BRUSSELS/LONDON • French President Emmanuel Macron warned British Prime Minister Theresa May yesterday that Britain would face a disorderly departure from the EU if she fails to get parliamentary approval for her deal on the third attempt next week.
Just eight days before Britain is due to leave the European Union, Mrs May made a last-ditch plea to the bloc's 27 other leaders in Brussels to hand her a Brexit delay until June 30, a request that she said was "a matter of personal regret" and one she firmly pinned on her country's deeply divided Parliament.
EU leaders are expected to grant her two extra months to organise a smooth exit - but only on the condition that the British leader can get her deal through Parliament, something even members of her own government increasingly doubt.
Growing investor concerns that Britain could leave the EU without a deal sent the sterling to a one-week low.
"We must be clear, to ourselves, our British friends and our people," Mr Macron said on arrival at the 24-hour summit. "Firstly, we've been negotiating the withdrawal agreement for two years. It cannot be renegotiated. Secondly, in the event of another 'no' vote in Britain, we will be heading towards a no-deal. Everyone knows it."
European leaders must not let the turmoil surrounding Brexit drag on, the French leader said.
Mrs May said she was still working on getting Parliament's support for her deal, which envisages close economic ties with the EU after Brexit.
"I am still working on ensuring that Parliament can agree on a deal so that we can leave in an orderly way," she told reporters, referring to talks ministers are having with pro-Brexit members of her Conservative Party and lawmakers in the Northern Irish Democratic Unionist Party (DUP), which props up her government.
"A short extension would give Parliament the time to make a final choice that delivers on the result of the referendum."
EU diplomats said her request for a delay to June 30 was likely to be met by an EU preference for Britain to have completed formalities and begin a status-quo transition to departure before Europeans elect a new Parliament from May 23.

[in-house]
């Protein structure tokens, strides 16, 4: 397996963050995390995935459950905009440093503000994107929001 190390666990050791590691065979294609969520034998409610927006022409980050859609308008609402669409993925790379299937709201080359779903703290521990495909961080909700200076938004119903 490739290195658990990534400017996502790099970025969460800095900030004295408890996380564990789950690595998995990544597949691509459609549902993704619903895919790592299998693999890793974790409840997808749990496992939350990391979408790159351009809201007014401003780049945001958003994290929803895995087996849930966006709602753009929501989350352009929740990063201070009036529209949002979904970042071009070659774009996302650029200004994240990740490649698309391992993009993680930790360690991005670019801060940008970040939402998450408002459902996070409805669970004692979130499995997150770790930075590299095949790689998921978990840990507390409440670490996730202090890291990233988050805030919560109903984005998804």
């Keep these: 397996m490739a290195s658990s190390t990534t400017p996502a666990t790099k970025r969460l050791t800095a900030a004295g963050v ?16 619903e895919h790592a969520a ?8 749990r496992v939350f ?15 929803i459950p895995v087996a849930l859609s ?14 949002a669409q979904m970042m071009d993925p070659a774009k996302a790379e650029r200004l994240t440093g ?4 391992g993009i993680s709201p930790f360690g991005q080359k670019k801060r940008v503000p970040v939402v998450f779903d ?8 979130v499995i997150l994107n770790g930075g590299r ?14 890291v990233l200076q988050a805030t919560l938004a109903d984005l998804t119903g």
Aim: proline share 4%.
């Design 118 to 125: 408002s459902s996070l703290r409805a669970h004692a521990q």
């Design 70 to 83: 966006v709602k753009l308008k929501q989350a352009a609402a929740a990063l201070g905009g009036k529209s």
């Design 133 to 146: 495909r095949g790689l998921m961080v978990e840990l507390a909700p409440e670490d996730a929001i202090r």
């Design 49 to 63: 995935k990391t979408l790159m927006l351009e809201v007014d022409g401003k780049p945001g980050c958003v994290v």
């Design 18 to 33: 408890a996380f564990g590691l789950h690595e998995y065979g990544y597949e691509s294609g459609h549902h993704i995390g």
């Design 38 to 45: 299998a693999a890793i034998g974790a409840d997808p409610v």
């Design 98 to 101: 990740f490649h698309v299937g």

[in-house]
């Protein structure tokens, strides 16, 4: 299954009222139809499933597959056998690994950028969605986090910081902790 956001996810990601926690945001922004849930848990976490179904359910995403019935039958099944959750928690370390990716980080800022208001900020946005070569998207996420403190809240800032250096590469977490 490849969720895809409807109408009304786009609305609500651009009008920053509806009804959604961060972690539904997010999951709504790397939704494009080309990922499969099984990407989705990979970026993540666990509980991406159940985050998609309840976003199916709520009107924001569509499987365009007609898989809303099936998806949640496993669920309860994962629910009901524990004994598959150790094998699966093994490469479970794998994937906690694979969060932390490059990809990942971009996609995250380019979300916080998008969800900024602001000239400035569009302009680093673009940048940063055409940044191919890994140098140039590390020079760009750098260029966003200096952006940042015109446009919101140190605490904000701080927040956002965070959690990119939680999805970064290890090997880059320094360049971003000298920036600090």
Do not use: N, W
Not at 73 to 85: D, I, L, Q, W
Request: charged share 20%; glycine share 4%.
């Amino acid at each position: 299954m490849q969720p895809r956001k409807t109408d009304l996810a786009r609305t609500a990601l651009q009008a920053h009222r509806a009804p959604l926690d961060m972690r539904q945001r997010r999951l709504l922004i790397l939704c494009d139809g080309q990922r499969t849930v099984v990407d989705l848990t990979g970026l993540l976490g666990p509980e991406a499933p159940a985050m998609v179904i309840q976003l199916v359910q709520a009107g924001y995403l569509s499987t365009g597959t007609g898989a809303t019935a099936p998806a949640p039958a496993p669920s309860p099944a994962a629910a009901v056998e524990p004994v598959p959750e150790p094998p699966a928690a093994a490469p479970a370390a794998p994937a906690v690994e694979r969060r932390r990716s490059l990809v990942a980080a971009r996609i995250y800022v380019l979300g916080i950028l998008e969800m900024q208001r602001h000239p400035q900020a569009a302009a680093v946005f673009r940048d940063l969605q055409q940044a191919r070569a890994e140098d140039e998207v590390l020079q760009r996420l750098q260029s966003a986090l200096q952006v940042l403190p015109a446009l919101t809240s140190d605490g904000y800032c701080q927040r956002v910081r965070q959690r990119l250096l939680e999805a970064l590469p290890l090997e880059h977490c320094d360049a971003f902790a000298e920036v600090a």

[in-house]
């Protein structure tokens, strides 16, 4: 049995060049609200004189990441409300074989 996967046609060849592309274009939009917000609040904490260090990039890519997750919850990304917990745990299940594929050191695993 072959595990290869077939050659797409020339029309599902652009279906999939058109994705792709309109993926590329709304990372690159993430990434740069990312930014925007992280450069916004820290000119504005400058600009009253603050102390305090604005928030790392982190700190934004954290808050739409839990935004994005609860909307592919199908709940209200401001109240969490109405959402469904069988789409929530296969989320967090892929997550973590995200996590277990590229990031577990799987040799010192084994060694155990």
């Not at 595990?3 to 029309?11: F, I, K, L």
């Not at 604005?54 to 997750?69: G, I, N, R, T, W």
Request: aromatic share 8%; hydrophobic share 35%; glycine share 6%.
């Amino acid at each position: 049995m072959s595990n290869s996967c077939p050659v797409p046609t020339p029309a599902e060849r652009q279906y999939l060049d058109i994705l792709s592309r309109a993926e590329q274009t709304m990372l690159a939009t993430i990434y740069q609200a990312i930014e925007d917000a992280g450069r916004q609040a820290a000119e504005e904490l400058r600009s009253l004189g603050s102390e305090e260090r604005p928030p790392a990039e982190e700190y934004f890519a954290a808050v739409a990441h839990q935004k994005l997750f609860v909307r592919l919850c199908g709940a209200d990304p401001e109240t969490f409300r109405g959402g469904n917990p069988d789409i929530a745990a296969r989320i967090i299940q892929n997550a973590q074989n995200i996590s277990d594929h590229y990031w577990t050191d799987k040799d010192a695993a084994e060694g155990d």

"With regard to the date of June 30, we have to take into consideration that we have European elections in May," said German Chancellor Angela Merkel. "We can discuss this wish next week if we have a positive vote in the British Parliament on the exit agreement."
Mrs May's chances hang in the balance, with positions hardening after a chaotic week when the Parliament's Speaker questioned whether she could even bring her deal to a third vote.
The DUP, which gives Mrs May's government a majority in Parliament, said it was no closer to backing her agreement, the party's Brexit spokesman said yesterday, while eurosceptics also say they could never approve something that they say would trap Britain in the EU's orbit indefinitely.
In a challenge to Mrs May, opposition Labour leader Jeremy Corbyn was also in Brussels, speaking to EU officials about his alternative plan for Brexit, which he says could be negotiated during an extension and pass through Parliament.
Irish Prime Minister Leo Varadkar summed up the situation in London, with no little understatement, as "somewhat chaotic". "We need to cut the entire British establishment a little bit of slack on this and support their request... for a short extension," he told reporters. "No-deal will only ever be a British choice."
If Mrs May hoped a televised address late on Wednesday would help persuade wavering lawmakers to support her Brexit deal, it appears to have backfired, instead alienating the very people she needs to win over.
Firstly, we've been negotiating the withdrawal agreement for two years. It cannot be renegotiated. Secondly, in the event of another 'no' vote in Britain, we will be heading towards a no-deal. Everyone knows it.
FRENCH PRESIDENT EMMANUEL MACRON
GETTING PARLIAMENTARY APPROVAL
I am still working on ensuring that Parliament can agree on a deal so that we can leave in an orderly way.
BRITISH PRIME MINISTER THERESA MAY
Lawmakers lined up yesterday to attack the statement in which Mrs May blamed Parliament for the need to seek a delay to Brexit. They branded it dangerous, reckless, toxic and irresponsible.
"The Prime Minister's statement was disgraceful," said opposition Labour lawmaker Lisa Nandy, who represents a Brexit-supporting area.
"Pitting Parliament against the people in the current environment is dangerous and reckless," she said on Twitter. "She's attacking the MPs whose votes she needs. It will have cost her support."
Mrs May told Britons that Parliament had done "everything possible to avoid making a choice".
"Of this I am absolutely sure: You the public have had enough. You are tired of the infighting. You are tired of the political games and the arcane procedural rows," she said in the televised statement from her Downing Street office. "You want this stage of the Brexit process to be over and done with. I agree. I am on your side. It is now time for MPs to decide."
Mrs May's statement succeeded in uniting both pro-Brexit and pro-EU lawmakers - against her.
"If you are trying to persuade numbers of MPs to back a proposition, you don't do that by insulting them," pro-Brexit Conservative lawmaker Mark Francois told Sky News.